February 20, 2012
A pioneer in unified computing, Egenera has been selling its BladeFrame hardware and PAN Manager Software since 2001. The company was founded in May 2000 by a former Goldman Sachs CTO who developed the Processing Area Network (PAN) technology as a way to deal with growing datacenter complexity. The PAN Manager software, based on Processing Area Network (PAN) concept, simplifies datacenter infrastructure and management by pooling compute, I/O, network and storage resources.
A Q&A with Pete Manca, CEO & President of Egenera, in Virtual Strategy Magazine, explores how the company has evolved to stay competitive.
"Egenera was going to take on the Intel/Linux world with its own flare," Manca states. "We didn't know what it was called then – Utility Computing, On Demand Computing, etc., but it sure was an interesting concept."
After just five years in business, they had made over $100 million in sales, but as Manca explains, the year that they achieved their highest revenues was the same year they experienced their biggest net loss. He cites a flawed business model, one that was "heavily dependent on expensive R&D, expensive direct sales, and … required 50+% margin on Intel servers, which was not realistic in the long term." Despite this, there was a saving grace, which allowed them to maintain a high margin, and that was their software offering, PAN Manager.
The company realized that it needed to do something different. "We had a substantial business but could not stem the losses due to overhead of building and maintaining a hardware business," Manca explains. In 2006, Egenera announced its intention to create a separate line of business in order to make PAN Manager available under OEM agreement to other server vendors.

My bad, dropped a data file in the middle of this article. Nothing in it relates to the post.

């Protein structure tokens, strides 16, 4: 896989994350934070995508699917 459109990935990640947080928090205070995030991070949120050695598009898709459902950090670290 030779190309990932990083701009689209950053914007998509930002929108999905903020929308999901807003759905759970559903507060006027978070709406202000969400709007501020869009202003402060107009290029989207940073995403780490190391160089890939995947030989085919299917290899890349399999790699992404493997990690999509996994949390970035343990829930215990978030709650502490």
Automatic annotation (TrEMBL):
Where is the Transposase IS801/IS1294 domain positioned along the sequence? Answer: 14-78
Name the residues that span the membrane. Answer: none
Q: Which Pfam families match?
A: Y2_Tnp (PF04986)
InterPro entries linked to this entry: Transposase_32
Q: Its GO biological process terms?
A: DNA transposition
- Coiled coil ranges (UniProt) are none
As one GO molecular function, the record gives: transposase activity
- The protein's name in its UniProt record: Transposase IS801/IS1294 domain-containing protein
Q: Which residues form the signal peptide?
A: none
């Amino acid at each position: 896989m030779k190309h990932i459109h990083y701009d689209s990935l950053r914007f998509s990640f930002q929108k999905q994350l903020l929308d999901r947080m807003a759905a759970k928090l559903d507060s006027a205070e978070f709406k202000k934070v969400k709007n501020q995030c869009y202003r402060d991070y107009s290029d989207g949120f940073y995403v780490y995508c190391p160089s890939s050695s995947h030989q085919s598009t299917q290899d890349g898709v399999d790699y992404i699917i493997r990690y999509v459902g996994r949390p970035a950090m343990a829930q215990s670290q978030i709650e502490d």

"It was clear that the transition was going to be difficult – no other company had successfully made such a transformation before. It was also clear that PAN Manager was the crown jewel," Manca tells Virtual Strategy Magazine. "It always was the magic that enabled the BladeFrame to be unique in the market."
The strategy certainly seems to have paid off. In 2011, Egenera had its eighth straight quarter of profitability and more than 400 percent revenue growth for its virtualization management software compared to the previous year. Its software customer base has doubled to over 500.
Egenera PAN Manager Software is currently installed in over 1,600 sites globally, including major enterprise datacenters, service providers and government agencies. Hardware partners include Dell, Fujitsu and HP, and soon NEC. The company's storage partners include 3Par, Dell, EMC, Fujitsu, HDS, HP, IBM, and NetApp.
When it comes to product differentiation, Manca is emphatic about the importance of quality of service. "With PAN Manager, customers can replicate their primary site quickly, exactly and consistently – right down to the smallest detail," he says. "This fast, repeatable and verifiable recovery means that organizations can be certain they can reduce the risk and impact of infrastructure failures."
10/30/2013 | Cray, DDN, Mellanox, NetApp, ScaleMP, Supermicro, Xyratex | Creating data is easy… the challenge is getting it to the right place to make use of it. This paper discusses fresh solutions that can directly increase I/O efficiency, and the applications of these solutions to current, and new technology infrastructures.
10/01/2013 | IBM | A new trend is developing in the HPC space that is also affecting enterprise computing productivity with the arrival of “ultra-dense” hyper-scale servers.
Ken Claffey, SVP and General Manager at Xyratex, presents ClusterStor at the Vendor Showdown at ISC13 in Leipzig, Germany.
Join HPCwire Editor Nicole Hemsoth and Dr. David Bader from Georgia Tech as they take center stage on opening night at Atlanta's first Big Data Kick Off Week, filmed in front of a live audience. Nicole and David look at the evolution of HPC, today's big data challenges, discuss real world solutions, and reveal their predictions. Exactly what does the future holds for HPC?